Defining Your Clinical Approach

What to consider when determining the type of therapy you want to practice

It can feel overwhelming to figure out what form of therapy to practice as a clinician.  It reflects our deeper views about human nature and the most effective ways to help people change.  These are significant decisions, and we are betting our careers on those decisions.  While it can feel daunting, the journey of figuring those things out can also be fun and exciting.  Here are some things to consider during that discernment process.

1) Be A Scientist

Being an associate usually allows some leniency at many workplaces to try different things and experiment. Take every opportunity you can to try a new model of therapy or introduce some new techniques with clients.  Pick a therapy that you initially resonate with, then study it, practice it and reflect on it with a supervisor.  We will have to run some experiments to see what we find.  It's exciting to try new things and it's okay to change our minds later.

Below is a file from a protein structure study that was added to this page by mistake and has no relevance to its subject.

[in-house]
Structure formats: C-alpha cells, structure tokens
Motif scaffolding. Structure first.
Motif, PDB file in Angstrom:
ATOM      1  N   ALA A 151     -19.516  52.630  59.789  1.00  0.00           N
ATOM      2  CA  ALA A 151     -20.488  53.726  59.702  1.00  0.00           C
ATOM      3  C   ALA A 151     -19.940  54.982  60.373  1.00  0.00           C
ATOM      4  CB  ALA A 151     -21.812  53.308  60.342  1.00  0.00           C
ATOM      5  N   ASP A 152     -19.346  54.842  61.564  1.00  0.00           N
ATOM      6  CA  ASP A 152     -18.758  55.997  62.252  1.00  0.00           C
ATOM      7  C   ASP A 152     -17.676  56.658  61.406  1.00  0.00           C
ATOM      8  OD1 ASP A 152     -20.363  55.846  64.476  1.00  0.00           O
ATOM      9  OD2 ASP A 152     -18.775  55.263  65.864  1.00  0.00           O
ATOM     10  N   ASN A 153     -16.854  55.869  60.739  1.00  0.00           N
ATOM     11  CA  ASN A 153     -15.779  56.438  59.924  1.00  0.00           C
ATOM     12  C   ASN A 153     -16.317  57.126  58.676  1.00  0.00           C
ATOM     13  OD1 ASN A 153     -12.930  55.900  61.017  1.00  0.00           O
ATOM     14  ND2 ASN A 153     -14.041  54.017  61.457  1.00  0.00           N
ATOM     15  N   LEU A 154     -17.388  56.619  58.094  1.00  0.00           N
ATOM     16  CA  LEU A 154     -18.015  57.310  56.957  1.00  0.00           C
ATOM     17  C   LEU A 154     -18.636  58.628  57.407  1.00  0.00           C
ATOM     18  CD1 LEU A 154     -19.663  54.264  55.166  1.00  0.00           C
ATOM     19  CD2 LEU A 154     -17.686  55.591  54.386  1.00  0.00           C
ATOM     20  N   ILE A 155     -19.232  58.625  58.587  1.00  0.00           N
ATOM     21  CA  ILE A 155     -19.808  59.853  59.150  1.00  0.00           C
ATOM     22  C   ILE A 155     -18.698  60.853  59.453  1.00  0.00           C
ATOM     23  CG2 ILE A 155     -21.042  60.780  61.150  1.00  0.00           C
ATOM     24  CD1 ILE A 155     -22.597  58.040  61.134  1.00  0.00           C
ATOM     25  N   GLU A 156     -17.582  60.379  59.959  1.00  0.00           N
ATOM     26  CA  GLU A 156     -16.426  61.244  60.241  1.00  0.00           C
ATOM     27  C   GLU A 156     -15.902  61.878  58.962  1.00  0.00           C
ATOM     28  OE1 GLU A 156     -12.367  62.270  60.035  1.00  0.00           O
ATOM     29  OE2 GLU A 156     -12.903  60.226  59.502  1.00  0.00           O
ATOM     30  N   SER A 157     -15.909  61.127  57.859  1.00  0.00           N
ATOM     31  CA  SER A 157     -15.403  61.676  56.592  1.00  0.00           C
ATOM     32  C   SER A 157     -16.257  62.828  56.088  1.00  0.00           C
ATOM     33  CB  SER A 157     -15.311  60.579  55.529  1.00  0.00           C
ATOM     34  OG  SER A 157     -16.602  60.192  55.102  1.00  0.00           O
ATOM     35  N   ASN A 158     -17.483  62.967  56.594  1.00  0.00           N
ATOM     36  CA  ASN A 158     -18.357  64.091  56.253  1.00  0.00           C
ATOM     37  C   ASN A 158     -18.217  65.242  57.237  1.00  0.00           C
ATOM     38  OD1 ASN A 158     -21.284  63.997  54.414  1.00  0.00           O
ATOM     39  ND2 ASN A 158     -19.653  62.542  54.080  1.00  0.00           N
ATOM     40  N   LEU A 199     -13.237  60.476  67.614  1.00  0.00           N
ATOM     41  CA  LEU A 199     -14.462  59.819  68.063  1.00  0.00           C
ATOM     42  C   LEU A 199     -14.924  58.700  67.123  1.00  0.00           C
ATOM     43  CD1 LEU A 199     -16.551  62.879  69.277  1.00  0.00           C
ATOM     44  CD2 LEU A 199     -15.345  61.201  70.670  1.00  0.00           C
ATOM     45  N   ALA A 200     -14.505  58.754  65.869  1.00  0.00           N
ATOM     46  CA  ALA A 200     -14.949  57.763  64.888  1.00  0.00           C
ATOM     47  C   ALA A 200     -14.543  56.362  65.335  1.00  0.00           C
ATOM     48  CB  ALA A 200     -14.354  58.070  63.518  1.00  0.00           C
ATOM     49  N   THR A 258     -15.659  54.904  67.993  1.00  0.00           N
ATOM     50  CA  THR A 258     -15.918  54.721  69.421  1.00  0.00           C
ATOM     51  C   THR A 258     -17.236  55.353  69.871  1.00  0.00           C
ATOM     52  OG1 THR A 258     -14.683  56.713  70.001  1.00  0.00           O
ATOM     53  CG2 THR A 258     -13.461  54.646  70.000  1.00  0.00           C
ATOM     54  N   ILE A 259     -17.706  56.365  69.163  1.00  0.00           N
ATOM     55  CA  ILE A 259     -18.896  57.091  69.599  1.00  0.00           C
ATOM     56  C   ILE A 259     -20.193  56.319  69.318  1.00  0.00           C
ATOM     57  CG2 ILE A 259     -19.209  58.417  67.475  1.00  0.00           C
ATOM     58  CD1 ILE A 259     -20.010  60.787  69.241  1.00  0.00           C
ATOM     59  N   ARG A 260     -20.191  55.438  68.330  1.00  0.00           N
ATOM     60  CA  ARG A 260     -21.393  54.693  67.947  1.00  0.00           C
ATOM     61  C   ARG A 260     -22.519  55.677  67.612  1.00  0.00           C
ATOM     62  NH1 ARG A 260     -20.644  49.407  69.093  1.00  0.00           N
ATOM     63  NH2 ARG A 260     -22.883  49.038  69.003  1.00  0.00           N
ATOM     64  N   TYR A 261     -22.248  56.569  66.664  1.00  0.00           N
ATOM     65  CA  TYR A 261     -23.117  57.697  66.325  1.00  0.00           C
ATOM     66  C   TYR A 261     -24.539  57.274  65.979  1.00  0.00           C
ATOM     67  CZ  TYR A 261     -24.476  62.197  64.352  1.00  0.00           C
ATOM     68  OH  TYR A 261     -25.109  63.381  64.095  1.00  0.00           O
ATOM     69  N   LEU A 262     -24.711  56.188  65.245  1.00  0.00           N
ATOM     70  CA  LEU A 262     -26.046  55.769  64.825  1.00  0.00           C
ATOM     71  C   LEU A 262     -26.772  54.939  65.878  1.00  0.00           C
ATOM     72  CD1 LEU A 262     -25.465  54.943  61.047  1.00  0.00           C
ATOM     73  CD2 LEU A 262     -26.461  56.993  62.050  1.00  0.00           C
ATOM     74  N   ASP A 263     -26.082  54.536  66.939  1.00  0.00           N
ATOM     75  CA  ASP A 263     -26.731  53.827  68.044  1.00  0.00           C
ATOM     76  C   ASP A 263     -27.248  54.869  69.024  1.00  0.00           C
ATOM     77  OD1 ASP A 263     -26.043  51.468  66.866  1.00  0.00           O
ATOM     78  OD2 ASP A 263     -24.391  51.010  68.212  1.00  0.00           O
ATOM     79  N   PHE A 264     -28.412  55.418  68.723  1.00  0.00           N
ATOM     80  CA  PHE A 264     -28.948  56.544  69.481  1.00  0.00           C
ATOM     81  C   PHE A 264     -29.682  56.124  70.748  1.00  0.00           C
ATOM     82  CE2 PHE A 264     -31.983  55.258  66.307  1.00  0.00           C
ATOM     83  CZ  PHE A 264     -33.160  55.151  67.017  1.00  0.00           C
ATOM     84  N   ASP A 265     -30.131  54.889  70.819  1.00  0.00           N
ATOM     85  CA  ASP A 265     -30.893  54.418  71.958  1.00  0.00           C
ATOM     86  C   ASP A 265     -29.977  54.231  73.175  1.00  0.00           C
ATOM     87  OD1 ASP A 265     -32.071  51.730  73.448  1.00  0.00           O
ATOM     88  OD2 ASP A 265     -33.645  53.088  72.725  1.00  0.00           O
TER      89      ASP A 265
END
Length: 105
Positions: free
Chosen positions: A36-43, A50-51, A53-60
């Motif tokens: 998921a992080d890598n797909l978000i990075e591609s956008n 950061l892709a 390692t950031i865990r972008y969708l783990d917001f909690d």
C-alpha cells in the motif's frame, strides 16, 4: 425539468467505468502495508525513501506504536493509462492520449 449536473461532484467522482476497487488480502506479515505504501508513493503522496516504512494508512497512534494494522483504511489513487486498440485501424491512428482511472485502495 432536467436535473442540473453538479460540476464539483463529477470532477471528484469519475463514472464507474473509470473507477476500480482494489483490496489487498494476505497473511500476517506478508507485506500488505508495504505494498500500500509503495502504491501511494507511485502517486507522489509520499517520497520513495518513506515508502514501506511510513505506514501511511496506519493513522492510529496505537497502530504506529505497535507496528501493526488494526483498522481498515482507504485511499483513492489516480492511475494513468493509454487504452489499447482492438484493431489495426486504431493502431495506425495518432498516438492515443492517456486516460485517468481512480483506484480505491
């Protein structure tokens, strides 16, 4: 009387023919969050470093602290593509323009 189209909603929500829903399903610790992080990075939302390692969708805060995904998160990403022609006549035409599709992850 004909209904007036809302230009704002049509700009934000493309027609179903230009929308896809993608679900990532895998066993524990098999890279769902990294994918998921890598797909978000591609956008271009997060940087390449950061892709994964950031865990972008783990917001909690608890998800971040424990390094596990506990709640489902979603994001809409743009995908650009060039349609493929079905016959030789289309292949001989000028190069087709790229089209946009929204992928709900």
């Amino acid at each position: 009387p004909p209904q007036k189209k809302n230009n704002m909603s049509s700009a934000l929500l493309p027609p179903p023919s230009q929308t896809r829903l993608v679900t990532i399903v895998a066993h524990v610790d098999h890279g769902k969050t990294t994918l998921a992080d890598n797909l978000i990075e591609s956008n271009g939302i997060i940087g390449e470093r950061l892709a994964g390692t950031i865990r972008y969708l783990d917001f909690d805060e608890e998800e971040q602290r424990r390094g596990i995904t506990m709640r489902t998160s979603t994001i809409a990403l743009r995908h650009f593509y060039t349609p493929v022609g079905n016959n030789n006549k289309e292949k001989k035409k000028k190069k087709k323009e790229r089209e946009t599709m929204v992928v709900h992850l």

2) Do Your Homework

Taking the time to read, watch videos, attend trainings and review research articles is essential to defining your therapeutic approach.  We don't want to practice models of therapy that sound like a good idea, we want to see that they have been proven as a good idea.  Here is one place to start looking for various evidence based practices.

3) Consider Your Clients

Thinking about the populations of clients we want to work with can help define the type of therapy we will practice.  What are the demographics and problem areas of those I work with or want to work with in the future?  (e.g. Do I want to work with people from marginalized communities?  Do I want to work with clients diagnosed with PTSD?)  Answers to these types of questions can help us narrow our search and inform further research.  We want to ensure that the type of therapy we are learning is proven to be effective for the populations we care about.

4) Search Within Yourself

It is important to spend some time in self reflection and asking ourselves some hard questions.  How do I view the nature of people and what causes challenges with their mental health?  What do I think gives people the greatest ability to change and reach their goals?  What are my core values when it comes to client-centered work and what models of therapy give me the best capactiy to live out those values?  What types of therapies resonate with me at an intellectual and emotional level when I learn about or practice them?  If I'm not sure about those answers, what process to I need to start to gain more clarity?